Flying American (old planes)
About This Page: This is a discussion on Flying American (old planes) within the Getting There (and Back!): Your Journey to Walt Disney World, part of the PassPorter Community - Boards & Forums on Walt Disney World, Disneyland, Disney Cruise Line, and General Travel; Hi all,
My husband and I usually fly jetblue when we travel, so I guess he got used to newer ...
Welcome! We're happy you've found the PassPorter Community -- the friendliest place to plan your vacation to Walt Disney World, Disney Cruise Line, Disneyland, and the world in general! You are now viewing the PassPorter Message Board Community as a guest, which gives you limited access. As our guest, feel free to browse our messages by selecting the forum you want to visit from the list below.
To post messages and ask questions, join our FREE community today and you'll get access to tools and resources not available to guests, such as our vacation countown timers, "living" avatars, private messaging system, database searches, downloads, and a special PassPorter discount code. Registration is fast, simple, and completely free. Just click the Join Our Community link.
My husband and I usually fly jetblue when we travel, so I guess he got used to newer planes. Last year, we flew out to Orlando on Jet Blue & home on American. (It was a 757 plane) My husband felt that that plane seemed so old (he said the inside seemed like it had not been updated since the 70's!). The flight was fine, & this year I was thinking of using my american points to fly us roundrtp to Orlando in august (from ny), he's saying he is uncomfortable flying them since the plane seemed so old, I gues he's worried about plane upkeep with all these serious labor disputes going on between maintance workers, pilots & management.
Any thoughts? (I'm trying to convince him to fly american, i'm sure the plane maintinence is just fine...I hope)
Also, with talk of a meger with US airways, i'm hoping not to lose all my points
Registered Message Board Members Get Our Free Newsletter! When you register you'll have the option to sign up for our weekly PassPorter Newsletter. It's chock-full of feature articles; news; tips; contests; photos; and special offers in our online store.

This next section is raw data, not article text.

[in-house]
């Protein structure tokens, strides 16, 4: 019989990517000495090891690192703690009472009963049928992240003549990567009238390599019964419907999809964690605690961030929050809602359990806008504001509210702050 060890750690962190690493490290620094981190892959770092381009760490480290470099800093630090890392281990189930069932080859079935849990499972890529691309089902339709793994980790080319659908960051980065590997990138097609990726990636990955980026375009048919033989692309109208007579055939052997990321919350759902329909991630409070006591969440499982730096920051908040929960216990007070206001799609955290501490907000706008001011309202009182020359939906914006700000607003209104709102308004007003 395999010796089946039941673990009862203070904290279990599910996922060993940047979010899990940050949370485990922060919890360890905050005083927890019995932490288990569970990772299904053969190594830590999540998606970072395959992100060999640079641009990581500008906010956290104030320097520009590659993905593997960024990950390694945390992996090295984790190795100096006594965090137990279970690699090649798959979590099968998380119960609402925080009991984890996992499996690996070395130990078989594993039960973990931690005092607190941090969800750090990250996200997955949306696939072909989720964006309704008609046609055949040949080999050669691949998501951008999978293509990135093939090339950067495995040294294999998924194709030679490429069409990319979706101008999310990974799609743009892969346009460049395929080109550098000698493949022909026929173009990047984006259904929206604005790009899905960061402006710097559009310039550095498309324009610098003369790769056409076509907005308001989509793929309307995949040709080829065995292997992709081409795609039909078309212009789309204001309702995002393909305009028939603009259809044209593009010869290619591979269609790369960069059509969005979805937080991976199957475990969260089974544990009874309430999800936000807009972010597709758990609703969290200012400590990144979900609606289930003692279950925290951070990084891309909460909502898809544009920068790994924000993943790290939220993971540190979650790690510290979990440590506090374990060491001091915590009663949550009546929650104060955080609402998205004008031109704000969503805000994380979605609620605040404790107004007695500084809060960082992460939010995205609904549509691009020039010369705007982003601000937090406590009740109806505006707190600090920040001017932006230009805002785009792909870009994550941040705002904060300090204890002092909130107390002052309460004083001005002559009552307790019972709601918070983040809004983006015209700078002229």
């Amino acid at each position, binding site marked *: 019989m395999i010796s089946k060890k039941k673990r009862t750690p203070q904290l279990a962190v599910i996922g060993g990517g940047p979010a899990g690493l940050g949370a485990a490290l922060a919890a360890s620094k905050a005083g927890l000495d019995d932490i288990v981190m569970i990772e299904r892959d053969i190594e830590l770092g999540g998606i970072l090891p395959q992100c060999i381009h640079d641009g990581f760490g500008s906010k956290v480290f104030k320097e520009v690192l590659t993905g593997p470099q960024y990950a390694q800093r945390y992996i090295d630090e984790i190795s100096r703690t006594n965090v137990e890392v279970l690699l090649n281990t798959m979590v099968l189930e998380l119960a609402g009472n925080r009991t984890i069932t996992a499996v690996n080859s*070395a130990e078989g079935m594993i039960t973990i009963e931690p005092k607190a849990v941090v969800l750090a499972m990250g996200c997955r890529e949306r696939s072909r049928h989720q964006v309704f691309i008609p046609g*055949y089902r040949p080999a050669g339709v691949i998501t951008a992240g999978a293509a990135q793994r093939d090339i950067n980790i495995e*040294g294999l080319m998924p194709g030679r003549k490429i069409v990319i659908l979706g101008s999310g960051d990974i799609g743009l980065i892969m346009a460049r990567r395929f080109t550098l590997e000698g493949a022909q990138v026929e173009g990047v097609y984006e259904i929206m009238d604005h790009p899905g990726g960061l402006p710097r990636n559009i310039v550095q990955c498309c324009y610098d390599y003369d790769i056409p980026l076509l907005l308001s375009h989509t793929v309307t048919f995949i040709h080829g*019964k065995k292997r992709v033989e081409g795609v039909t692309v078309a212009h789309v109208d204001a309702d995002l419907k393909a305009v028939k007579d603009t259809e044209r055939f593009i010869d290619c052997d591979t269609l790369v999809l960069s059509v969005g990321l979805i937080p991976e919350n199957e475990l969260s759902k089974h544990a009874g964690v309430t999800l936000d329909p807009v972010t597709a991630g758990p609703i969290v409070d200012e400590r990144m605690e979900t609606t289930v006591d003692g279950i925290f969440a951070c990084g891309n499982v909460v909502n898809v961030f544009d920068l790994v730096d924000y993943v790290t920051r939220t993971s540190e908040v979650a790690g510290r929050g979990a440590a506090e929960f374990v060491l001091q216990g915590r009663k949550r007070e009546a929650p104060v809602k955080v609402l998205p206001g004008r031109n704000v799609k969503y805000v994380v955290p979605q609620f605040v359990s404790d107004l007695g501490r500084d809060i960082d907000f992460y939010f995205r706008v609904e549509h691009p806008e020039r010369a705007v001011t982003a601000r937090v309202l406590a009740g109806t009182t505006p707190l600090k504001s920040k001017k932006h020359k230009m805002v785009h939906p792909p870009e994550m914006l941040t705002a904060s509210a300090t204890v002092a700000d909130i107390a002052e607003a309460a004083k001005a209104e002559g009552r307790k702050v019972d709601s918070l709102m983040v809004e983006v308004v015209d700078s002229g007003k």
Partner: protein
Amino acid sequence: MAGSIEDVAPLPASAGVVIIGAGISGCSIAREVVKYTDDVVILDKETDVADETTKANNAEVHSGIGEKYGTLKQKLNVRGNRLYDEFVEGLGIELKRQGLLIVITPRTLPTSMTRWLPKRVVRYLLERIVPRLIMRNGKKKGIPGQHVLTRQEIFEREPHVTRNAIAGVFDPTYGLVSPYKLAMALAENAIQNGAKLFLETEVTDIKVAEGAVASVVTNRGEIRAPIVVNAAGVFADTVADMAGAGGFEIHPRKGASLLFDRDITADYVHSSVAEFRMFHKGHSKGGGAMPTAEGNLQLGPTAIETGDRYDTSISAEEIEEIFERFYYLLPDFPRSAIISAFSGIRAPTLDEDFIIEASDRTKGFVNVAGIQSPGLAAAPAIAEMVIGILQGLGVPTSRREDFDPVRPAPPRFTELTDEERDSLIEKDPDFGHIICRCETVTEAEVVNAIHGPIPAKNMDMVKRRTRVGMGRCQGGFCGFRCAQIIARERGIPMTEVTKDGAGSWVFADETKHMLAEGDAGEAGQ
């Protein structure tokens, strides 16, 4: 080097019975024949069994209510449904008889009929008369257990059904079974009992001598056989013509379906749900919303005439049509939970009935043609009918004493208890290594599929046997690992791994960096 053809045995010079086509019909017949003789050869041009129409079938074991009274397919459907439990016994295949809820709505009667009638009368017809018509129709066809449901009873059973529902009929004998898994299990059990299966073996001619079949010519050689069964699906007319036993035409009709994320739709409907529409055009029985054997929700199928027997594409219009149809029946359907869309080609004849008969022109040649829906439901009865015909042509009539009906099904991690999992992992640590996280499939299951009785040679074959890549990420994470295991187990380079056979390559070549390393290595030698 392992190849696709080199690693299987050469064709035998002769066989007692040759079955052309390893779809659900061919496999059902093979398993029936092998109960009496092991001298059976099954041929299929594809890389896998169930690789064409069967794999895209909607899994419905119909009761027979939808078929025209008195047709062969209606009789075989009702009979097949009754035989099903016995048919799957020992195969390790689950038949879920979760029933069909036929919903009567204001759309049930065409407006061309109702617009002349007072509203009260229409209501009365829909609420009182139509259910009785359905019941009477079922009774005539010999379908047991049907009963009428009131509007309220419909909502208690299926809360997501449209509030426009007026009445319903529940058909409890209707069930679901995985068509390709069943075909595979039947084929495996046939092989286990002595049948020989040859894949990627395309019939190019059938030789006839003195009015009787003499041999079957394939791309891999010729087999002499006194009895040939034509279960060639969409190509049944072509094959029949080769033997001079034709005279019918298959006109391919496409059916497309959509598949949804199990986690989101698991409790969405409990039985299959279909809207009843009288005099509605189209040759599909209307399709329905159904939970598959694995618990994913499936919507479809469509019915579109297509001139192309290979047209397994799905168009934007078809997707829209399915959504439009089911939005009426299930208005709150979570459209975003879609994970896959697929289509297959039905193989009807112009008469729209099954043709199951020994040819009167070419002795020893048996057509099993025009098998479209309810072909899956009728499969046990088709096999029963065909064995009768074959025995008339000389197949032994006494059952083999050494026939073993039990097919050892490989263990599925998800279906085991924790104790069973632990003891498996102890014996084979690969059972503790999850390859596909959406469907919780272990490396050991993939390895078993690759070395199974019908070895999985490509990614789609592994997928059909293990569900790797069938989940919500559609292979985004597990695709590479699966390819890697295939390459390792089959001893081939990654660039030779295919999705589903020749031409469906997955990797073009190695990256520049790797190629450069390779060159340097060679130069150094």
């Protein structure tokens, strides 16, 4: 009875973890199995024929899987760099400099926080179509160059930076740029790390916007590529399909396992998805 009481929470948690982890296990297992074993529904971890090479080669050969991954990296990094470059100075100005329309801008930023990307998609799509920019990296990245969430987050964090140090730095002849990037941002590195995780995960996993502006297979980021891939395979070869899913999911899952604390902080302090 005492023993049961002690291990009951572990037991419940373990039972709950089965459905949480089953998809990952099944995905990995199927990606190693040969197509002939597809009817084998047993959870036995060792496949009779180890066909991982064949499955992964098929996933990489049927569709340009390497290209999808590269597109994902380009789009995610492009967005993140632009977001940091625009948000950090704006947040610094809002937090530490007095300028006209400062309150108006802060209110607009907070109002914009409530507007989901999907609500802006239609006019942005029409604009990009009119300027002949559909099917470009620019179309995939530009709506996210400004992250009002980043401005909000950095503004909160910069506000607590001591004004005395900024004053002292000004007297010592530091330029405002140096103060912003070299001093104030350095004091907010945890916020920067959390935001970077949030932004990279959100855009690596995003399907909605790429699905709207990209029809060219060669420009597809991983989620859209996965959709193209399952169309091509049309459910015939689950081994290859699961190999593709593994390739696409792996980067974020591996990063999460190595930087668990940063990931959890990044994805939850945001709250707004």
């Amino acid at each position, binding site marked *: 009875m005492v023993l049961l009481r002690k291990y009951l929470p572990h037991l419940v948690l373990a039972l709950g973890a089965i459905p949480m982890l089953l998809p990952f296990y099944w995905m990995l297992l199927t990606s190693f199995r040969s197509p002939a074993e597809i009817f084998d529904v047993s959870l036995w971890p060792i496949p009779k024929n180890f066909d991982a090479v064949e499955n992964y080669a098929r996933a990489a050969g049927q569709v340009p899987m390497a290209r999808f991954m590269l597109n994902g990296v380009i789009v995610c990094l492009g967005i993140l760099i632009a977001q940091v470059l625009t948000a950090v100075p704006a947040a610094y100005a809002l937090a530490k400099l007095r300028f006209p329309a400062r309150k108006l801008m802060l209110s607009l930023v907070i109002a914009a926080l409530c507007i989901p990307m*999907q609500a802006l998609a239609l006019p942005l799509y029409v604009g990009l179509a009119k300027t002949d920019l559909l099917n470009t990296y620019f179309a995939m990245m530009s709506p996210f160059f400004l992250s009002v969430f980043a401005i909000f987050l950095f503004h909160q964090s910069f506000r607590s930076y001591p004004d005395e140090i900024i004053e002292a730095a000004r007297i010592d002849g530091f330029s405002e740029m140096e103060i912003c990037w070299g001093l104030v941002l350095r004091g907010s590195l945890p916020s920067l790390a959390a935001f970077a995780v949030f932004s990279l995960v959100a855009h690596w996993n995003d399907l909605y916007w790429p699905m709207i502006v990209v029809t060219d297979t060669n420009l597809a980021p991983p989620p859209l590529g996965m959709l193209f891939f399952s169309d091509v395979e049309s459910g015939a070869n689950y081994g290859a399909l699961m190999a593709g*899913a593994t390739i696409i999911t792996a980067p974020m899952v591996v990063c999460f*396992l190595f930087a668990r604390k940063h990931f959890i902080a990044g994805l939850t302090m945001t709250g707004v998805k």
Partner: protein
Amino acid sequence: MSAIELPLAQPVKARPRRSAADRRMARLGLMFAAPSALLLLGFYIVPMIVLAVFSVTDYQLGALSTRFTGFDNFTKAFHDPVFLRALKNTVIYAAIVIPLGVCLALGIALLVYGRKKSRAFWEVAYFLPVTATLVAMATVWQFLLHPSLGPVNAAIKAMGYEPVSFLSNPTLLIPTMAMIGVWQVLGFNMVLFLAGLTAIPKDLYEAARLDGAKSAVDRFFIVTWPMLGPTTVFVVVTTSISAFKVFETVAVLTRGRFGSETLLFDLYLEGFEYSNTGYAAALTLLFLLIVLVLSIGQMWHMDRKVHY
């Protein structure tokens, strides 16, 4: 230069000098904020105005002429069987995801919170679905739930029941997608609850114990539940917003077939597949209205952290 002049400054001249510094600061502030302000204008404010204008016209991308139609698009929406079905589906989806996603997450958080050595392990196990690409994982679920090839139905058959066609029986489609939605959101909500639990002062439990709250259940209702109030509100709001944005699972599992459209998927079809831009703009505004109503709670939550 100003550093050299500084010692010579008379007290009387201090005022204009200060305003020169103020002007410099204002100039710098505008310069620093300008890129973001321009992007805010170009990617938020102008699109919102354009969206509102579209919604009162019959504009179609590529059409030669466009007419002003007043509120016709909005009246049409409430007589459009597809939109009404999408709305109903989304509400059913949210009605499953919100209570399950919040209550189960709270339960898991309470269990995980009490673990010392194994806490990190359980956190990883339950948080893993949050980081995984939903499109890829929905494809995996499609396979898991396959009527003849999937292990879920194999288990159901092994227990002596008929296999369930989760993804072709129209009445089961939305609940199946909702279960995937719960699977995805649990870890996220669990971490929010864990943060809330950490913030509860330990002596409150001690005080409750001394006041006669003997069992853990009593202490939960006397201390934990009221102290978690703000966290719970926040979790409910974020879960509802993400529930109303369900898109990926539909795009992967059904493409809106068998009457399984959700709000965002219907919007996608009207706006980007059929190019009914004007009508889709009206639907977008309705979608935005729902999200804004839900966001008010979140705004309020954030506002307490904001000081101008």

Personally, I wouldn't worry too much about it. The planes are maintained to strict standards mechanically, so even if the interior looks a little older - I'm sure all of the important parts are in good shape.
Maybe it's just the eternal optimist in me, but I wouldn't even worry about the labor disputes much.
BTW - I fell in love with JetBlue on my last trip to Disney and was so disappointed that they no longer make non-stops from the Washington/Dulles airport. We're taking Airtran this time, and while I like Airtran, JetBlue was a definite favorite for seat comfort/size and the tv in the back of the headrests!
American Airlines fleet is about 15 years old, but while 15 years is a lot for a vehicle, all aircraft maintained by a schedule. The FAA has very strict standards. AMR has a order of over 200 Airbus Aircraft which will update the fleet. I would fell safe flying in a old Aircraft.
Aircraft have a much longer service life than we are used to with typical vehicles, like the cars and trucks that we are used to every day. It is not uncommon for a 20 or 30 year old plane to still be in service providing daily use, though when they do get older they usually get sold off to courier companies whose customers don't really care how old the plane looks
And if it makes you husband feel any better, look at all the issues the brand new 787 aircraft from Boeing have been having... brand new, top of tech planes aren't immune to it
There is a B52 out there that has had three generations of a family command it. The newest Buffs are from the early 60s, although most have been updated many, many times.
With pressurized a/c the main issue is "cycles". Each time you pressurize and depressurize the fuselage (hull) put strain on the body work. BUT a/c like the 757 have a lot of carbon fiber in the body. Neat thing about that is that it "likes" that kind of cycling.
There are several different types of airworthiness directives (ADs) that can be issued by the FAA. The one most people hear about are fleet groundings. But the most common one is "fix at service". Inspect and repair is also pretty common.
The inside of the aircraft doesn't count for anything as far as service is concerned. That just tells you that either the airline is too cheap to spruce things up or it hasn't hit that part of the maintenance cycle.
PassPorter's Free-Book to Walt Disney World It’s hard to believe anything is free at Walt Disney World; but there are actually a number of things you can get or do for little to no cost. This e-book documents over 200 free or cheap tips to do before you go and after you arrive. You could save a considerable amount of money following these tips. Perhaps more importantly; you can discover overlooked attractions and little-known details most people whiz by on their way to spend money. Click here to see free sample pages from the e-book! Get this popular e-book free of extra charges when you join the PassPorter's Club for as little as $4.95. A club pass includes access to all our other e-books; e-worksheets; super-size photos; and more! This e-book is also available for separate purchase in the PassPorter Online Store for just $5.95.